On Wednesday, the global community marks the International Day of Non-Violence, which this year coincided with the 150th anniversary of the birth of the global peace icon who led India to independence, Mahatma Gandhi.
“His vision continues to resonate across the world, including through the work of the United Nations for mutual understanding, equality, sustainable development, the empowerment of young people, and the peaceful resolution of disputes”, Secretary-General António Guterres said in his message commemorating the day.
“In today’s turbulent times”, he continued, “violence takes many forms: from the destructive impact of the climate emergency to the devastation caused by armed conflict; from the indignities of poverty to the injustice of human rights violations to the brutalizing effects of hate speech.”
Moreover, the UN chief pointed out that both on and off-line, “we hear loathsome rhetoric directed at minorities and anyone considered the ‘other’”. To address this growing challenge, the United Nations has launched two urgent initiatives.
“Last week, I issued a global call for a decade of action to deliver the Sustainable Development Goals (SDGs), our roadmap away from violence and towards peace, prosperity and dignity on a healthy planet”, Mr. Guterres said.
He recalled that before his assassination in January 1948, after the bloody partition of India the previous year, Gandhi constantly highlighted “the gap between what we do, and what we are capable of doing”.
“On this International Day, I urge each and every one of us to do everything in our power to bridge this divide as we strive to build a better future for all”, concluded the UN Secretary-General.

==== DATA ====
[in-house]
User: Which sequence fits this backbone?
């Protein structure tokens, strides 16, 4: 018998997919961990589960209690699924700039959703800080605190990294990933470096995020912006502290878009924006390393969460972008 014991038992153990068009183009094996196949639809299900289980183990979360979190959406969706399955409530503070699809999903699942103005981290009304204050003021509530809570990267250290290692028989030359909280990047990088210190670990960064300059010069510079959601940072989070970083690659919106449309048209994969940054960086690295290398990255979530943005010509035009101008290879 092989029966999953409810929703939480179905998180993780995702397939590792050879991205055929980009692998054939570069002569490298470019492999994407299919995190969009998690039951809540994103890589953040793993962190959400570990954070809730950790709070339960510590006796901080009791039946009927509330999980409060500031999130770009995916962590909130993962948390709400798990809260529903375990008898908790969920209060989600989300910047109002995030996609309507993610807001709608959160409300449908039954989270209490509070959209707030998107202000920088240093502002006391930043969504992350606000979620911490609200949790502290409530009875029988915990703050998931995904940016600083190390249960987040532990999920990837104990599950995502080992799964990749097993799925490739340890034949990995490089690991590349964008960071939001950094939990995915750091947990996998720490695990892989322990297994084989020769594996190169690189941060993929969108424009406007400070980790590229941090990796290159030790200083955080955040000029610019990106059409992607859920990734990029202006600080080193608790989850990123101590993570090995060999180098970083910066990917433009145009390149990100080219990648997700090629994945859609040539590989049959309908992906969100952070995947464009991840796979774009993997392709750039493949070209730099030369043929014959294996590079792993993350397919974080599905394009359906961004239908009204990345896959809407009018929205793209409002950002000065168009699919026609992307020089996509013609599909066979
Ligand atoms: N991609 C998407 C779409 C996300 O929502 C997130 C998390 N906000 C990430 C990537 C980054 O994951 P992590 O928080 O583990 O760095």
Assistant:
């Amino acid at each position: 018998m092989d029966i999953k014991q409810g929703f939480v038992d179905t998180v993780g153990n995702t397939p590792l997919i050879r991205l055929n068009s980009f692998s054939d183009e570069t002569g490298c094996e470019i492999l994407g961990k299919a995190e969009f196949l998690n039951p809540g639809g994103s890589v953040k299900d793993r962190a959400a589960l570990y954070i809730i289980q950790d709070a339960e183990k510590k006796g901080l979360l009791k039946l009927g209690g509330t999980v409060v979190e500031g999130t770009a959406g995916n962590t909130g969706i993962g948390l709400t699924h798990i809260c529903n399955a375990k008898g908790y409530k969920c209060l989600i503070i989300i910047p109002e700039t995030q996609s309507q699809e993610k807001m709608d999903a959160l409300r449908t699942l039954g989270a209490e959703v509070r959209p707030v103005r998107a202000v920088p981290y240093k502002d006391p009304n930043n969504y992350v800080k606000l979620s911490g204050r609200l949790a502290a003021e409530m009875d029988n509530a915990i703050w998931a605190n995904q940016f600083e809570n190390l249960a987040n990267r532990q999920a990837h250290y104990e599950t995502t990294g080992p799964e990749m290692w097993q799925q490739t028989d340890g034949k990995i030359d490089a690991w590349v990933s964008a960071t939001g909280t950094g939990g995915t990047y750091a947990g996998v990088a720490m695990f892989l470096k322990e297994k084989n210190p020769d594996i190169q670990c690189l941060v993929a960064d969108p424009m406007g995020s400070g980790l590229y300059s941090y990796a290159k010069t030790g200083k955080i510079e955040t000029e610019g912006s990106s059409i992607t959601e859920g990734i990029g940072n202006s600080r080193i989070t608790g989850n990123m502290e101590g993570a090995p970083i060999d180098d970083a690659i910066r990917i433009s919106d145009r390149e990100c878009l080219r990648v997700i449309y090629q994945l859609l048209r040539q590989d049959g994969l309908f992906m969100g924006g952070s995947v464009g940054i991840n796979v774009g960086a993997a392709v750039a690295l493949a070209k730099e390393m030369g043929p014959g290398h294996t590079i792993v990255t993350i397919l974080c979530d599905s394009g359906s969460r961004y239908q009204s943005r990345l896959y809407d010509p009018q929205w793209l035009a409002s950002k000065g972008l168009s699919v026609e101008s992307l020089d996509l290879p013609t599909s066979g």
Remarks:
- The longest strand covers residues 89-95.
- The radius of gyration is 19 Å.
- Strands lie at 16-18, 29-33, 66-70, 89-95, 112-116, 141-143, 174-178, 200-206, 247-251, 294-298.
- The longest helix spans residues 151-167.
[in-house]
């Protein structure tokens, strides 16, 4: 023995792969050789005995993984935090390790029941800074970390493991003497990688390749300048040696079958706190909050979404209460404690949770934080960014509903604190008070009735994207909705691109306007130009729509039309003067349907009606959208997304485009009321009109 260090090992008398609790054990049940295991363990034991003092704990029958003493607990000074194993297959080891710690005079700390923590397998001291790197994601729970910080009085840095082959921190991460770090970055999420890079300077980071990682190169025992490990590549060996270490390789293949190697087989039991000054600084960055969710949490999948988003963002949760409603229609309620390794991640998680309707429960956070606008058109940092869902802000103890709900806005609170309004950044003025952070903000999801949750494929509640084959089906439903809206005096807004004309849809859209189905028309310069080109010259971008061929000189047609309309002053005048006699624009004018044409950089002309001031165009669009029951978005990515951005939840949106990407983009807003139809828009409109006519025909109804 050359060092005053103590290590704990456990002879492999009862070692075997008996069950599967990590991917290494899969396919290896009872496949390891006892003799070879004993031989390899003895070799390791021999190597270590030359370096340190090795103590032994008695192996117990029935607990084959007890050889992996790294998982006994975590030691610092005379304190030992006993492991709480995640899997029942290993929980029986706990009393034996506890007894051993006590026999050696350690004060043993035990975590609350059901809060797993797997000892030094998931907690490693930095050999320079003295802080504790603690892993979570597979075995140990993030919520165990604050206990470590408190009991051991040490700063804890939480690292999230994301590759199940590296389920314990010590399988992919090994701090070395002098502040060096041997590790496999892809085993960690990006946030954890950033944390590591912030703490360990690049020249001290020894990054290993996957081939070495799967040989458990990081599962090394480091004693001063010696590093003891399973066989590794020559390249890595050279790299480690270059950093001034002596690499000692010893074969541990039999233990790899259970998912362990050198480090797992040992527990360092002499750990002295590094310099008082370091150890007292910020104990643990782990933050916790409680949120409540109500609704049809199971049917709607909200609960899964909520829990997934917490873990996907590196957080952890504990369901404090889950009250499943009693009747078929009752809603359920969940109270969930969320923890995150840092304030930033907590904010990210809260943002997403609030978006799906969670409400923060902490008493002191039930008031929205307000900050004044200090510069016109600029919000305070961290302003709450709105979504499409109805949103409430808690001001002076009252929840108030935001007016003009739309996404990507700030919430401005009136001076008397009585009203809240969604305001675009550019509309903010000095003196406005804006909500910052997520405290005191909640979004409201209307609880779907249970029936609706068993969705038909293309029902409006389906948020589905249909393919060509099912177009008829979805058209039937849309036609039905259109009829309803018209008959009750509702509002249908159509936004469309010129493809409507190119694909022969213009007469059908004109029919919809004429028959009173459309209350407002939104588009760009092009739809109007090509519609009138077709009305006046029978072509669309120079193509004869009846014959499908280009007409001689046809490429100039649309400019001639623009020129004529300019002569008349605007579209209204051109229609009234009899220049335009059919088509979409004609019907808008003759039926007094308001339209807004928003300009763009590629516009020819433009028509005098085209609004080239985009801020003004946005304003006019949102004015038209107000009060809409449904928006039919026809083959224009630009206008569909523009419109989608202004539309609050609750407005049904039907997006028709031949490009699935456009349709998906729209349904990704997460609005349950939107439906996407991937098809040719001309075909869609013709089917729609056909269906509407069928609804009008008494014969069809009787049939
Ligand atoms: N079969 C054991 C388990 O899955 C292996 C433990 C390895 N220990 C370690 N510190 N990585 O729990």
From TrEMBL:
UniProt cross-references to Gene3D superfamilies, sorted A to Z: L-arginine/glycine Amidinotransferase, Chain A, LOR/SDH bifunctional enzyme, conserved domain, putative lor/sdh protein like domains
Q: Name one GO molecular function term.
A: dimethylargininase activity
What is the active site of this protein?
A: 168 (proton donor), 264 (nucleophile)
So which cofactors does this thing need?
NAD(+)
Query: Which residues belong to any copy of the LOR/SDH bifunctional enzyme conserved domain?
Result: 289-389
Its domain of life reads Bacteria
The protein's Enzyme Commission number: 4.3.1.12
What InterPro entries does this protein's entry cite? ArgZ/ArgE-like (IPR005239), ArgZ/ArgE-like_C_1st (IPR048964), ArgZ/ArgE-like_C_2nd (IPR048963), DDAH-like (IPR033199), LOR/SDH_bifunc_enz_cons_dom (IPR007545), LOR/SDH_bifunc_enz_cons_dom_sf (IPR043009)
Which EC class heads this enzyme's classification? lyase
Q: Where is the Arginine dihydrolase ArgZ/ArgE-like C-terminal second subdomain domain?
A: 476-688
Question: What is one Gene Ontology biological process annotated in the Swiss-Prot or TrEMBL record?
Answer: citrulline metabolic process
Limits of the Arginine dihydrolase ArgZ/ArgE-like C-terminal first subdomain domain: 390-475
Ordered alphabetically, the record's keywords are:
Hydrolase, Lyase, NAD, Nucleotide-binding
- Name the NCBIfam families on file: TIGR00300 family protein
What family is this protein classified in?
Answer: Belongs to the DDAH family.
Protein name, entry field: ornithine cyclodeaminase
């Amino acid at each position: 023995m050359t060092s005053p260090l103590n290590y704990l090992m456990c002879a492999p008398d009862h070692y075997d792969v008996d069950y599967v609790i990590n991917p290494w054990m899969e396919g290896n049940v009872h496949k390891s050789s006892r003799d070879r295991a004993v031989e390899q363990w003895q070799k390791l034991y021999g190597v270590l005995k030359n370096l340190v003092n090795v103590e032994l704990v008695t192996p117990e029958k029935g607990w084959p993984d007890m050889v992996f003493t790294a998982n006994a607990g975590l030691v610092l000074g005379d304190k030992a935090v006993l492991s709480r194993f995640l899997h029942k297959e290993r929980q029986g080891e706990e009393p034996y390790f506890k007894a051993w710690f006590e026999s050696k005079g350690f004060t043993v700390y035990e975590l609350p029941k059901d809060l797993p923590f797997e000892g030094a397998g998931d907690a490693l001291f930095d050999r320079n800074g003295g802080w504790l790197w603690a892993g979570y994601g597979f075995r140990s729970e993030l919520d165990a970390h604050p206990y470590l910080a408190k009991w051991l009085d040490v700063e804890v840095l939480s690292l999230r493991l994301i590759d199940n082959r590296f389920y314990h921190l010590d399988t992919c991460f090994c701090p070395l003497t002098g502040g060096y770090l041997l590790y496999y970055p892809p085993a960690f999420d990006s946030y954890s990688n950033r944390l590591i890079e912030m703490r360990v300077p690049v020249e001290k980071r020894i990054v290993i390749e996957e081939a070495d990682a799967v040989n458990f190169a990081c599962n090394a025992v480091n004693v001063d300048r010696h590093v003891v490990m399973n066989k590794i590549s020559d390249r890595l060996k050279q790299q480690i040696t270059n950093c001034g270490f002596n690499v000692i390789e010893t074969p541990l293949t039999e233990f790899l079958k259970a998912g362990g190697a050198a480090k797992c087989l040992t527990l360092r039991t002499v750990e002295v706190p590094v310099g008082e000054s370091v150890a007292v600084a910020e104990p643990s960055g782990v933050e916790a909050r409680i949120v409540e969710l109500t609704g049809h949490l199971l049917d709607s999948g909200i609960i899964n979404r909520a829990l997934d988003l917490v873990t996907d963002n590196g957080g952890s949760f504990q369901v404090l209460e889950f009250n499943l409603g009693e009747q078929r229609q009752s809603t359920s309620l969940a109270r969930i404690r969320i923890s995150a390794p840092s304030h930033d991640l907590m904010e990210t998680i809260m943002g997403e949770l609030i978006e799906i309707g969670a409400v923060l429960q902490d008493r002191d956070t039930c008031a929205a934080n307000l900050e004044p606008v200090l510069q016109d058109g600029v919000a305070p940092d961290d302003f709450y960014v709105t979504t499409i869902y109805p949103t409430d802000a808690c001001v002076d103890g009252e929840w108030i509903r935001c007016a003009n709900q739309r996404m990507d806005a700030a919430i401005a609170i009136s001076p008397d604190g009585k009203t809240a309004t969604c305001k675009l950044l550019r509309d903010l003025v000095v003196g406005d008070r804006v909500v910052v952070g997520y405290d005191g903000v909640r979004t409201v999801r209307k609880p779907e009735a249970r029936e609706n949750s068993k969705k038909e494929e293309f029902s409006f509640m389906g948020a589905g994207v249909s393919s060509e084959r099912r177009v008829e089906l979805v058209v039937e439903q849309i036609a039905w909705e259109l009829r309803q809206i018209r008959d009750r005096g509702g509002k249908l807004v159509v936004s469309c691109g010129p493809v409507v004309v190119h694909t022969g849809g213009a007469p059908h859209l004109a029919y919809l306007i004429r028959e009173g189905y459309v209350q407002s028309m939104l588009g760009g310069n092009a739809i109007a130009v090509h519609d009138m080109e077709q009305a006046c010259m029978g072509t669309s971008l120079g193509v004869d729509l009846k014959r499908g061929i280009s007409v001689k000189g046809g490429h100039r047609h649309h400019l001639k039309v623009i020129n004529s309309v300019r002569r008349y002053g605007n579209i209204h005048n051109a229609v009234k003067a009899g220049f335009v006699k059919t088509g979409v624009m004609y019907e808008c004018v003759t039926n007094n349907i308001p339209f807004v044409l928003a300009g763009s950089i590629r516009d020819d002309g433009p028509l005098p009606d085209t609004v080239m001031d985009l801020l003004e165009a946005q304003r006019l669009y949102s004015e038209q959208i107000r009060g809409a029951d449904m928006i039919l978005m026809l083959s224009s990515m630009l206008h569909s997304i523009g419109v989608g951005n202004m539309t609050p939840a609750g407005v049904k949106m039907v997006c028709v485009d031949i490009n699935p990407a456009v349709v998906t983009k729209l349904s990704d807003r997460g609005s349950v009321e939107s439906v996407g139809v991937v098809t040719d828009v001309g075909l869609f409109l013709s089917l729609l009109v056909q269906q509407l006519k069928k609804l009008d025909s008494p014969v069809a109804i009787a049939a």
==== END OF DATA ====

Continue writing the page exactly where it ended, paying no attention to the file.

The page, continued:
Back in 2007, the General Assembly established the day, which is marked annually on 2 October, to "disseminate the message of non-violence, including through education and public awareness” and reaffirm the desire "to secure a culture of peace, tolerance, understanding and non-violence".
The three main categories of non-violent action are protest and persuasion, including marches and vigils; non-cooperation; and non-violent intervention, such as blockades and occupations, according to the United Nation.
150-year pillar of peace
"There's no better hero than anyone who says no to violence ", General Assembly President Tijjani Muhammad-Bande of Nigeria told a commemorative event at UN Headquarters on Tuesday.
And Gandhi’s message not only resounds on the international day, but always, as was illustrated just last week during the launch of a UN-issued commemorative stamp to honour the global leader on the 150th anniversary of his birth.
“Gandhiji’s vision and philosophy are pillars of the work of the United Nations”, said the Secretary-General. “Part of his genius lay in his ability to see the interconnectedness and the unity between all things”.
While his political achievements included using peace, love and integrity to lead the movement ending colonial rule in India, Mr. Guterres outlined how Gandhi’s vision went “far beyond politics to encompass human rights and sustainable development”.
“Gandhi promoted non-violence not just as a philosophy and a political strategy, but as a means to achieve justice and change”, he said. “Many of his ideas foreshadow the holistic thinking behind the 2030 Agenda for Sustainable Development”.
The UN chief gave the example of his advocacy and action around the issue of sanitation for clean drinking water and hygienic facilities – when the issue was still “deeply taboo”, and stressed that Gandhi’s ideas drive the work of the UN for “equality, empowerment and global citizenship every day”.
“Gandhi’s enduring legacy is his continued relevance to our thinking and action on a broad sweep of issues, from protecting the environment to promoting justice, from education to inequality. His teaching remains fresh and thought-provoking, including his emphasis on the importance of facing up to the truth with courage”, Secretary-General Guterres concluded.